Repolarization refers to the change in membrane potential that returns it to a negative value just after the depolarization phase of an action potential has changed the membrane potential to a positive value. 41 . Hyperpolarization It inhibits action potentials by increasing the stimulus required to move the membrane potential to the action potential threshold. •Less Excitable 42 . Hypopolorization Smaller than normal stimulus could reach threshold potential and depolarize the cell. •More Excitable 43 . Does Low Potassium Cause Cell to be MORE or LESS Excitable? Why? Causes cell to be less Excitable, potassium (K+) is positivity charged. Having less potassium makes cell more negative or Hyperpolarized, requiring more stimulus to generate an action potential. 44 . Does high potassium cause cell to be MORE or LESS excitable? Why? Causes cell to be more excitable, potassium (K+) is positively charged and causes testing membrane potential to become less negatively charged requiring less than normal stimulus to generate an action potential. 45 . 5 Ways Cells Communicate 1. Contact Dependent 2. Autocrine 3. Paracrine 4. Synaptic 5. Endocrine 46 . Tight Junctions Tight junctions, also known as occluding junctions or zonulae occludentes (singular, zonula occludens) are multiprotein junctional complexes whose general function is to prevent leakage of transported solutes and water and seals the paracellular pathway.
47 . Gap Junctions Gap junctions are a specialized intercellular connection between a multitude of animal cell-types. They directly connect the cytoplasm of two cells, which allows various molecules, ions and electrical impulses to directly pass through a regulated gate between cells. 48 . Desmosomes Desmosomes are intercellular junctions that provide strong adhesion between cells. Because they also link intracellularly to the intermediate filament cytoskeleton they form the adhesive bonds in a network that gives mechanical strength to tissues. 49 . Paracrine Cell Communication Paracrine signaling is a form of cell signaling or cell-to-cell communication in which a cell produces a signal to induce changes in nearby cells, altering the behavior of those cells. 50 . Autocrine Cell Communication Autocrine signaling is a form of cell signaling in which a cell secretes a hormone or chemical messenger that binds to autocrine receptors on that same cell, leading to changes in the cell. 51 . 4 Basic Types of Tissue 1. Epithelial 2. Connective 3. Muscle 4. Neural 52 . 5 Types of Cellular Adaptation 1. Atrophy 2. Hypertrophy 3. Hyperplasia 4. Dysplasia 5. Metaplasia 53 . Atrophy 1. Shrinking in size such as skeletal muscle atrophy. Disuse atrophy, withdrawal of growth factors or hormones 2. Physiologic atrophy—thymus gland atrophies in childhood 54 . Hypertrophy 1. Enlarging of cells and thus the organ usually due to increased workload 2. Ex. Left ventricular hypertrophy, cells enlarge not multiply 3. Physiologic hypertrophy turns into pathologic.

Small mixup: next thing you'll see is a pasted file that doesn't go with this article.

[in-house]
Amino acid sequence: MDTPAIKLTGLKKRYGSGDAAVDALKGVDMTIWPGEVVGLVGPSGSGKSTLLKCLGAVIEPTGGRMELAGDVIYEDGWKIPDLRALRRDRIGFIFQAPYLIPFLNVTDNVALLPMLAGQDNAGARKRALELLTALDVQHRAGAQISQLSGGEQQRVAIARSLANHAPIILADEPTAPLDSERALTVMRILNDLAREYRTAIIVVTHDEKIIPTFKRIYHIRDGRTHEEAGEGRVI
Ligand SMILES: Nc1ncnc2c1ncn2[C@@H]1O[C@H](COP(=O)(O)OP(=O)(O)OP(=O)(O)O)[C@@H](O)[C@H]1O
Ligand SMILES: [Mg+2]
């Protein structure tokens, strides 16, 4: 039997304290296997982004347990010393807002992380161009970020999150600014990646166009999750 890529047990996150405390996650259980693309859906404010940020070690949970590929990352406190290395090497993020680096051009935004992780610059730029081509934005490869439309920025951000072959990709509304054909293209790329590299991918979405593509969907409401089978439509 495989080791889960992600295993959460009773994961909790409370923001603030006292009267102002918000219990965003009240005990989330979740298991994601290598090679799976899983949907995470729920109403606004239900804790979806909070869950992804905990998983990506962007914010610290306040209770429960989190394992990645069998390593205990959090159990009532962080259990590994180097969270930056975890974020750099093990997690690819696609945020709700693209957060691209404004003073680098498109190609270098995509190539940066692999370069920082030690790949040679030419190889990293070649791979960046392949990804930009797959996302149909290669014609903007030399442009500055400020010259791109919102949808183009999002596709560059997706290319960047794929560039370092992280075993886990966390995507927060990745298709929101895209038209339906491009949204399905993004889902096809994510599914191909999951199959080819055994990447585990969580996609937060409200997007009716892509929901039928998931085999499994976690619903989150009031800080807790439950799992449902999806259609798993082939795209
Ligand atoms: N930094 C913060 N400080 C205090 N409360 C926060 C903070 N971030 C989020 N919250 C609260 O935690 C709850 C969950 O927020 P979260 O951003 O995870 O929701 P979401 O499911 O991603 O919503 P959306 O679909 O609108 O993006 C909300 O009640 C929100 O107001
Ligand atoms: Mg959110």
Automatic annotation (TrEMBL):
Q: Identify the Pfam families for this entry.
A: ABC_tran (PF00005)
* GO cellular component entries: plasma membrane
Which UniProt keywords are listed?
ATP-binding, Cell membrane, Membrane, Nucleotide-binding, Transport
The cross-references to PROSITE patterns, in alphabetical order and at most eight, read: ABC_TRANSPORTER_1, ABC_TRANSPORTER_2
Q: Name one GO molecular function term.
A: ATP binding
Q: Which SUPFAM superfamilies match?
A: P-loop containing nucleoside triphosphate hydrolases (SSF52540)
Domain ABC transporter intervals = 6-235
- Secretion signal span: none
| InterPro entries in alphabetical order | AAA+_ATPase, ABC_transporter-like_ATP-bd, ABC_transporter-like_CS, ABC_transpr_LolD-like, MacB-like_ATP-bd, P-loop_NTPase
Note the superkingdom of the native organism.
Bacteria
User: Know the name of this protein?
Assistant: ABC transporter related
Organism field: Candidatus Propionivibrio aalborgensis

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- Fall '17
- keisha lovence